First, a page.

The Price River-Lost Spring Wash wilderness complex, located on the eastern flank of the San Rafael Swell includes the Price River, which winds through high desert landscape with ponderosa pines, douglas firs and various wildlife. The area has attracted attention for its potential natural gas deposits and plans to “burn coal and sequester the carbon dioxide on state-owned lands in the heart of the Price River proposed wilderness,” according to SUWA.
The Vermilion Cliffs-Upper Kanab Creek area are part of a series of 7,000-foot cliffs rising between the floor of the Grand Canyon and the rim of Bryce Canyon. Archaeological sites in the area were previously undisturbed, but a recent designation of off-road vehicle routs in the area, including in streambeds and through culturally historic sites is “dramatically changing the character of this area ... to a noisy, scarred playground for motorized recreation,” SUWA says.
Factory Butte is an iconic formation of badlands covered with a layer of shale that makes the area seem “moonlike,” SUWA says, but a carpet of spring flowers make the landscape stunning during the season. Two cactuses protected by the Endangered Species Act are found here. Dirt bike use in the area has destroyed some of those cactus plants and damaged soil crusts, accelerating erosion and contributing to dust storms that degrade air quality.
The Moquith Mountain Wilderness Study Area includes the Coral Pink Sand Dunes and is home to several endangered species of plants and insects. The mountain, which contains ancient rock art and artifacts, provides a natural spring to the area, but rampant off-road vehicle use in the area has damaged the vegetation.
Dirty Devil Country was formed by the winding Dirty Devil River, which carved a canyon system that sprawls hundreds of square miles west of Canyonlands National Park. The area has colorful cliffs, clear pools and massive buttes. Off-road vehicle paths designated by the BLM in some areas cross through archaeological sites, and the agency’s current management plan allows for oil and gas development, as well as the development of tar sands in the area.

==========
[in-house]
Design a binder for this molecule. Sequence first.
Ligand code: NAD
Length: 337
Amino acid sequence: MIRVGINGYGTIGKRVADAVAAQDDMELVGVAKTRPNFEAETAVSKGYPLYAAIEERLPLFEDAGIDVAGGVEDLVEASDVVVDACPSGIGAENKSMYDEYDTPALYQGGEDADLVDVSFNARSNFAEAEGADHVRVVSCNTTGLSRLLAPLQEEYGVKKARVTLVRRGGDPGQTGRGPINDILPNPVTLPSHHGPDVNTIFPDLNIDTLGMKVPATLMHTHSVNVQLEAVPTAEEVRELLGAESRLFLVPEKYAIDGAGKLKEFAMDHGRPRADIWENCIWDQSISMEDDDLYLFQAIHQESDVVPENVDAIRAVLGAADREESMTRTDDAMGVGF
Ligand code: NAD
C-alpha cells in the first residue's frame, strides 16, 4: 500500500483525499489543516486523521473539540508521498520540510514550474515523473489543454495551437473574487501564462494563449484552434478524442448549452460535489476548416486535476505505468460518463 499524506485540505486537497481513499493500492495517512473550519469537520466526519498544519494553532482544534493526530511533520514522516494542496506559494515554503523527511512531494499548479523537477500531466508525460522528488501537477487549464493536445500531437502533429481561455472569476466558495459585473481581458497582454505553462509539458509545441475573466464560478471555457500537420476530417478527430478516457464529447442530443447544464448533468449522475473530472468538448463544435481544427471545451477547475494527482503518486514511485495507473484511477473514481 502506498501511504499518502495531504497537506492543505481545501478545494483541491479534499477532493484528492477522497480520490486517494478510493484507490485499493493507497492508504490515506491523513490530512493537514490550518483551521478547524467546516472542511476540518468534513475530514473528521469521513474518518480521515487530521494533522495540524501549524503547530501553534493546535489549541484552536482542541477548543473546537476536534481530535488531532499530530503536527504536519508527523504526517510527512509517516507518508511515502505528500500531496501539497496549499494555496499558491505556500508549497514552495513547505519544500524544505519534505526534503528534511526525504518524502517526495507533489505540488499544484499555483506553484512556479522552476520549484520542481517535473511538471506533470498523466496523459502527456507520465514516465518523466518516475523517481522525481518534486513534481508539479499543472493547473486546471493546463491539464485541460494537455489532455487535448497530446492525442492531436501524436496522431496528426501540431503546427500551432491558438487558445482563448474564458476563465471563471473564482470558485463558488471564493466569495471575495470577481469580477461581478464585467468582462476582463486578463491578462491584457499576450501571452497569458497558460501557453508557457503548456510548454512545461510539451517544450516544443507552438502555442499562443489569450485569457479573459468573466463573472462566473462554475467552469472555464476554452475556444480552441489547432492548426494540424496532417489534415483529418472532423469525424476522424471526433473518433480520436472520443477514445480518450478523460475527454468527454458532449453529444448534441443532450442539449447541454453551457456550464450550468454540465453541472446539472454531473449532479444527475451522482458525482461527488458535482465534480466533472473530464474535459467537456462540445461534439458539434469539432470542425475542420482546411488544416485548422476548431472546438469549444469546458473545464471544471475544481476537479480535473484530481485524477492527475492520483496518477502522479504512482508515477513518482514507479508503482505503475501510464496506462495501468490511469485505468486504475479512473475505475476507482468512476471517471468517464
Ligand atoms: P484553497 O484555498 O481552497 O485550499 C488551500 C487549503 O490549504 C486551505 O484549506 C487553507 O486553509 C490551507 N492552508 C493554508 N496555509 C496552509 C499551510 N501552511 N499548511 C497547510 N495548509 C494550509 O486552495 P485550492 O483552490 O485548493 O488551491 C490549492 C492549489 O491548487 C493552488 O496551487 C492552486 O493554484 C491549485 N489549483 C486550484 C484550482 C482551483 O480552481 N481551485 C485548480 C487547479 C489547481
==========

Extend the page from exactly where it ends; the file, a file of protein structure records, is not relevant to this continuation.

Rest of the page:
The Upper Desolation Canyon area is one of the largest blocks of roadless BLM lands in the U.S., and offers an opportunity for families and river runners to canoe through “a remote place of uncommon beauty,” SUWA says. Reaching the put-in point for the canyon requires travelling through “a maze of oil and gas roads, traffic and drill rigs,” and drill rigs can be seen from the canyon rims. New development in the area would “detract from its outstanding wilderness experience,” SUWA says.
Labyrinth Canyon is "a portal into the heart of the red rock," SUWA says, with sandy beaches and side canyons for exploration that contain artifacts dating back 10,000 years. The BLM has designated off-road vehicle routes in the side canyons that “undermine the potential for visitors to enjoy a quiet canyon experience,” SUWA says, and in some cases the vehicle use has damaged the riparian stream in Tenmile Canyon. Much of the area is also open to oil and gas leasing.
The Canyonlands Basin and Rims area has long been considered for inclusion in Canyonlands National Park for its stunning canyons, hoodoos, spires and knobs, natural bridges and a year-round stream in Harts Draw that contributes to abundant wildlife in the area. Much of the land is open to oil and gas exploration and off-road vehicle routes, and SUWA says vehicle use in the area is drastically changing the landscape and type of experience visitors can have there.
The Cedar Mesa-Comb Ridge area is home to 700-year-old cliff dwellings, artifacts and a concentration of archaeological sites that are valued by Native Americans for their cultural and religious significance. The BLM has designated several off-road vehicle routes through several cultural sites eligible for listing in the National Register of Historic Places, SUWA says, and damage in Arch Canyon, on the northern periphery of Cedar Mesa, has already taken a toll by destroying the banks of a rare perennial stream.
The Glen Canyon-San Juan River area has been recognized by the BLM as containing some of the premier hiking routes along the Colorado Plateau. It includes thousand-foot-high slickrock mesas and a maze of canyons that have been preserved by their sheer remoteness. But, according to SUWA, off-road vehicles are now driving in places in the area not previously accessed, including canyon rims, stream beds and overgrown mining trails.